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Old 11-07-2019, 09:27 PM
 
Location: IL/IN/FL/CA/KY/FL
1,185 posts, read 954,084 times
Reputation: 1376
I'd like to say a few things:

1) I did not expect there to be as warm and thorough of responses as I've gotten in the last week. It's giving me some positive thoughts about potentially moving my family halfway across the country again (I've lived in SF for a few years as well and Orlando for 5 years as well as a few other places and wasn't provided nearly as kind of a greeting)

2) I'm impressed by the suggestions so far. It's like reading comprehension is actually a thing in the area, and even though I love Louisville as my hometown and have lived all over, there just aren't as many people I connect with here on that intellectual level and have been looking forward to an opportunity to come back to the West, and in my travels I get the sense that my soul belongs in the PNW. So, thanks for all of the advice and suggestions.

Fingers crossed that my interview goes well and I have the opportunity to live this dream out.

My wife (the planner) has also suggested to look on the other side of the water, near Tamill, Dunlap and Rainier Valley, so I'd appreciate info about those too.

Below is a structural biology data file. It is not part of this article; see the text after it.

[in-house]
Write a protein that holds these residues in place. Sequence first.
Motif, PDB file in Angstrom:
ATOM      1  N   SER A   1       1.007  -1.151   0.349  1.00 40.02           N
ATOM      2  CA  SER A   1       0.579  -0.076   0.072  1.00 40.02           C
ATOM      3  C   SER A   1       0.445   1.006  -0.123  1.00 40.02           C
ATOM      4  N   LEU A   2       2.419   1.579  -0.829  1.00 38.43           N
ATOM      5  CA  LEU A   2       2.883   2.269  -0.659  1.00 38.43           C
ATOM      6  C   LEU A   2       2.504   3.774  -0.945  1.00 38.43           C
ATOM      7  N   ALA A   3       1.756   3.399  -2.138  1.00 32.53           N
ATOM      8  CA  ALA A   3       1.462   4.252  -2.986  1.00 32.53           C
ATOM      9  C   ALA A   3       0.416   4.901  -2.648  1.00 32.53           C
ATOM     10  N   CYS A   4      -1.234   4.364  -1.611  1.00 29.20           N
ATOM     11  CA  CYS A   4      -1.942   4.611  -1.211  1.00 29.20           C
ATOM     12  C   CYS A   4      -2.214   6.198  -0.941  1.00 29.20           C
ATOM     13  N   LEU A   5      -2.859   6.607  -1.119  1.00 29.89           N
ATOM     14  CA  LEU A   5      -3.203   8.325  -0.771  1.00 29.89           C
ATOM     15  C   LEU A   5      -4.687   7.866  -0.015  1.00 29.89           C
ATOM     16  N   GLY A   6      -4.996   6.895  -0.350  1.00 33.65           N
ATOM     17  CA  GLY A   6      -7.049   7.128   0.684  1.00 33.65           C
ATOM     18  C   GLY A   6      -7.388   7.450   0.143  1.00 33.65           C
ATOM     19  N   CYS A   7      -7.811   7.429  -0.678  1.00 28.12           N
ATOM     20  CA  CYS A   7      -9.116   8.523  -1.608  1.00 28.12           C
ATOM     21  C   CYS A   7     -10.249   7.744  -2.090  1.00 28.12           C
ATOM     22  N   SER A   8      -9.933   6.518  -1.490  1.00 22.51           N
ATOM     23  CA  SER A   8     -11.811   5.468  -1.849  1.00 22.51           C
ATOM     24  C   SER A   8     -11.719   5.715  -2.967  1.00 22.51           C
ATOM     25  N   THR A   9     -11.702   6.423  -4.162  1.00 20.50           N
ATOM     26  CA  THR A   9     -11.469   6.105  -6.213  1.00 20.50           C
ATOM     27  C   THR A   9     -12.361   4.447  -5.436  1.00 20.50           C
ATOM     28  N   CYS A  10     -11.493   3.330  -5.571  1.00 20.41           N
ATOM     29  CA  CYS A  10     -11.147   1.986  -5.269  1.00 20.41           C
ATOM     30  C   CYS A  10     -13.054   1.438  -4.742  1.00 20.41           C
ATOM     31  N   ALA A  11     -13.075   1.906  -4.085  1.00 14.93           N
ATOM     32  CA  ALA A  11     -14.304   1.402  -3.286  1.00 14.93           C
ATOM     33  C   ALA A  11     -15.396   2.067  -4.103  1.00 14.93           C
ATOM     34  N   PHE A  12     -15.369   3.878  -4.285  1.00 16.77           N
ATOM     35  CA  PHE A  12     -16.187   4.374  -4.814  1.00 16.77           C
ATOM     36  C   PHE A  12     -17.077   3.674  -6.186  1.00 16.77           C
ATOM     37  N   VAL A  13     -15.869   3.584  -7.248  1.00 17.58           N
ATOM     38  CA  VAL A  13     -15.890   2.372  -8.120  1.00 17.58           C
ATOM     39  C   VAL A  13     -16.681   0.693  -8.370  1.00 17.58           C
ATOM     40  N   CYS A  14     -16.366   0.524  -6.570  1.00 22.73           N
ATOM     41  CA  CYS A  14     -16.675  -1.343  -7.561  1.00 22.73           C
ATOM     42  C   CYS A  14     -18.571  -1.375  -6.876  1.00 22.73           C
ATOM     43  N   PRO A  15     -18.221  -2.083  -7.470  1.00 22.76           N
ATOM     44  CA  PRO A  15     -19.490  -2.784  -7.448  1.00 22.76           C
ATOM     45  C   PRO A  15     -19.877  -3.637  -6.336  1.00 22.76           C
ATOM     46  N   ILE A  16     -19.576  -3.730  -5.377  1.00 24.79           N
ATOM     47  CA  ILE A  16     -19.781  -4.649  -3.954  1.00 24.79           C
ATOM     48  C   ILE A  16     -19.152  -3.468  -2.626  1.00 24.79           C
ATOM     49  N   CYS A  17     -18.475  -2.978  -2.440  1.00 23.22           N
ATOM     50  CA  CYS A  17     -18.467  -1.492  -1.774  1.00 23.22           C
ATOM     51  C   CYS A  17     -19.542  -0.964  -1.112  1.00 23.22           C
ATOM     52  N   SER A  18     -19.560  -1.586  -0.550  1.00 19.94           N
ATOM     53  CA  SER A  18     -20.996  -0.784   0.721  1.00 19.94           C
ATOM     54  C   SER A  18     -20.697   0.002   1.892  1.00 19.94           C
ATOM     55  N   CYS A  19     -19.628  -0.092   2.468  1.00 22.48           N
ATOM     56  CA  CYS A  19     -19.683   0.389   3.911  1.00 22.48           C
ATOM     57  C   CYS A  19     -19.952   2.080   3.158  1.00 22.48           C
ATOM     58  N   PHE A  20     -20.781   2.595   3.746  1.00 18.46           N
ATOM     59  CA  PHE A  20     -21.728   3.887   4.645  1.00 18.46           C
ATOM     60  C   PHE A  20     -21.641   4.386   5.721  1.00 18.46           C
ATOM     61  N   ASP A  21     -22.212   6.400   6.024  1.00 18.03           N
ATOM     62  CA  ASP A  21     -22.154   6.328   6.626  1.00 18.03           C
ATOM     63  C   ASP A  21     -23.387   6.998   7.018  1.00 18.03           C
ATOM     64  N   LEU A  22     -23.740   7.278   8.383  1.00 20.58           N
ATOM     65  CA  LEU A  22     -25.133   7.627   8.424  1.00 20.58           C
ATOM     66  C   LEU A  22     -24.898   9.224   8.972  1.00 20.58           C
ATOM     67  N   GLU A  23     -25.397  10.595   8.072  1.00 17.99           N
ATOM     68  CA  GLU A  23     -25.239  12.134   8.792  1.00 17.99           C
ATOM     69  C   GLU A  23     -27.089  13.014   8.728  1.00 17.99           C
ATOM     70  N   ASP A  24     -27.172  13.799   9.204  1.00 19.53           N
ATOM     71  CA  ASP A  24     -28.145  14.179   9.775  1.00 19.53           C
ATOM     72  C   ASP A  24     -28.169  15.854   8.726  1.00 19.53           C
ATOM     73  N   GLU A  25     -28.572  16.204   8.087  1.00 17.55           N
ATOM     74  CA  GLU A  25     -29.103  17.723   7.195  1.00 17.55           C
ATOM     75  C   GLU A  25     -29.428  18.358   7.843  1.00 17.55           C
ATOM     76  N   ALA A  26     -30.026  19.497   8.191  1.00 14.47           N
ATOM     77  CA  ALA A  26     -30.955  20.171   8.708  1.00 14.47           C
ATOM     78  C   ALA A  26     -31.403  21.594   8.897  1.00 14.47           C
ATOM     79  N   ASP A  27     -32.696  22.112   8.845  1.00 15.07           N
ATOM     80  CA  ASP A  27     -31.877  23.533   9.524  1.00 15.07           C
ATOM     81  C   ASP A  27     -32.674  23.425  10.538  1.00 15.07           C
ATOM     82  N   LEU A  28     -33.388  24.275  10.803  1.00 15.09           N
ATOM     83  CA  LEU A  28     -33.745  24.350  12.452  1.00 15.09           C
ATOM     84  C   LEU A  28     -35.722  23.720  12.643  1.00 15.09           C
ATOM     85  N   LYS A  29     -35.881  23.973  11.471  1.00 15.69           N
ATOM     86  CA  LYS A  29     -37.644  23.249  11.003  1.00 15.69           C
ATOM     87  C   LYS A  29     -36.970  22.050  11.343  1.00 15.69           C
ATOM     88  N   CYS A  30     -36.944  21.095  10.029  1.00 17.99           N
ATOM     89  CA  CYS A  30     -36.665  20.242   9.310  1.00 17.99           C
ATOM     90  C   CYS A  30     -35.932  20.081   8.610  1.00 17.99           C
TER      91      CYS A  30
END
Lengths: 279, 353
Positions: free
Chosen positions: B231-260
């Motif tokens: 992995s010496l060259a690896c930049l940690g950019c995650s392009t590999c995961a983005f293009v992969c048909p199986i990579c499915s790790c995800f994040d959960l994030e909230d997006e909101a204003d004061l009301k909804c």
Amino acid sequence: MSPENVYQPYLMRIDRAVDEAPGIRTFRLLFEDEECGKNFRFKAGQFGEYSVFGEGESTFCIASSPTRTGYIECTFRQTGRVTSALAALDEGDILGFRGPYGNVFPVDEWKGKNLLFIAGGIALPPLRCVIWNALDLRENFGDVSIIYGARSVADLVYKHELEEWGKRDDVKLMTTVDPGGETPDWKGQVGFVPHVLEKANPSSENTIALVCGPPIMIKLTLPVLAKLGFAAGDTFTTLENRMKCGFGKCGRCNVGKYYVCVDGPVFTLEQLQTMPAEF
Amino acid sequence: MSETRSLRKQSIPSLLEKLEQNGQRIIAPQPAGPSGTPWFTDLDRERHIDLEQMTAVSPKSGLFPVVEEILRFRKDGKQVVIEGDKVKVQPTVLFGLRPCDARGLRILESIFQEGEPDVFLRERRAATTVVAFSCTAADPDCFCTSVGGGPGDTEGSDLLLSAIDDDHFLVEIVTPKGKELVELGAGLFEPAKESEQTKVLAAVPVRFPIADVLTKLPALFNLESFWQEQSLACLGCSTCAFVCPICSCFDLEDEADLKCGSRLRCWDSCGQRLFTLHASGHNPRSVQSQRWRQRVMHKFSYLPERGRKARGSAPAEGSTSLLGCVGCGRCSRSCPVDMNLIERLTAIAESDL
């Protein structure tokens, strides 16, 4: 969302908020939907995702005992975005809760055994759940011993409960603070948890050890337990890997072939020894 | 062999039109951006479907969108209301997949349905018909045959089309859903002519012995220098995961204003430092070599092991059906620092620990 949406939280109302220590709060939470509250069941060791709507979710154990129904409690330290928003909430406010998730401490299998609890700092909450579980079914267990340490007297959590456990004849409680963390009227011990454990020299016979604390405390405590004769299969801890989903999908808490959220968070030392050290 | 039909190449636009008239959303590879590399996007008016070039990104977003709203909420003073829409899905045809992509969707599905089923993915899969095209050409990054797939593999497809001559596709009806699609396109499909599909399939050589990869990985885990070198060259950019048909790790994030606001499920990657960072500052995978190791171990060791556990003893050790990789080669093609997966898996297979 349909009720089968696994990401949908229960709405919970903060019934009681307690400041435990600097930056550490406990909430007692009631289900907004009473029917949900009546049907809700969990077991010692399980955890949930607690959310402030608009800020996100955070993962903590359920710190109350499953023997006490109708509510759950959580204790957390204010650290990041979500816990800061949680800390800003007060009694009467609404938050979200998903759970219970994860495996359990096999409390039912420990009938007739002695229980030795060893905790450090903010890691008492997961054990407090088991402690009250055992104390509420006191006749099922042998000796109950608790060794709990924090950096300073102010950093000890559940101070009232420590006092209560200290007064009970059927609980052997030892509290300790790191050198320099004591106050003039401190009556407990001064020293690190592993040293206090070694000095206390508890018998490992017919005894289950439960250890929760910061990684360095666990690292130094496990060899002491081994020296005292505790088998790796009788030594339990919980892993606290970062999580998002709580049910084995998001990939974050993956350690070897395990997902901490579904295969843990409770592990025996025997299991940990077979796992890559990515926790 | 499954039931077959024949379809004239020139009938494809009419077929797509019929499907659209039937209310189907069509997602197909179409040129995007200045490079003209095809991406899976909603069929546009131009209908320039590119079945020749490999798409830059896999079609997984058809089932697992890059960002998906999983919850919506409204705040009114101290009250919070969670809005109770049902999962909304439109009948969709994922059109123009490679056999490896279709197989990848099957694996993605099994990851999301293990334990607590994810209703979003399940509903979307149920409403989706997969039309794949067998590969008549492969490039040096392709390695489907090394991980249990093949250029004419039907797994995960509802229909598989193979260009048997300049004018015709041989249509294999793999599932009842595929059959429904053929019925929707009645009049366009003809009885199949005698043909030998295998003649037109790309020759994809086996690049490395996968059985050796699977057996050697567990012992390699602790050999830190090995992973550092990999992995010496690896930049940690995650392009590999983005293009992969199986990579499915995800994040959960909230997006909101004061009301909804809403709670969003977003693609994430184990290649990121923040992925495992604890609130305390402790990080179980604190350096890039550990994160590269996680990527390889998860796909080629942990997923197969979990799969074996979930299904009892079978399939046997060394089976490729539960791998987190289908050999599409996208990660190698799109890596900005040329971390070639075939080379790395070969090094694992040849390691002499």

The walkability thing to me is a nicety, but not a requirement. Safe and with some small business life is paramount (any good bourbon stores or high end bottle shop recommendations would also be greatly appreciated - we're both Certified Bourbon Stewards and love to chat/educate about the brown juice).

I'm also curious about Seahurst and Federal Way as well.

One other major question - I know Dec/Jan is probably not a great time to find good inventory of rental properties, but where is my best resource online to find rentals? The wife is looking on Zillow and Hotpads but it seems like there's not a ton of non-apartment options in the areas that we've discussed to this point. There's a few we really like but figure those wouldn't be available by the time we needed to move out that way.

What should we reasonably expect to pay in rent for a 2 w/den or 3 br/1-1.5 ba with 1,200-1,500 sq ft to achieve our safety and other desired goals? I'm seeing anywhere from $1,600-$3,000.

EDIT - one other thing - how important is AC? When we lived in SF we didn't have AC and when we got those 3-4 weeks of 90+ degree temps it was absolutely miserable. Could I just get a window unit for a bedroom or something if it was brutal, or another non-central AC option? We're generally used to central AC with everywhere else we've lived and usually like it at 65 degrees in the house to sleep at night.

Last edited by ServoMiff; 11-07-2019 at 09:47 PM..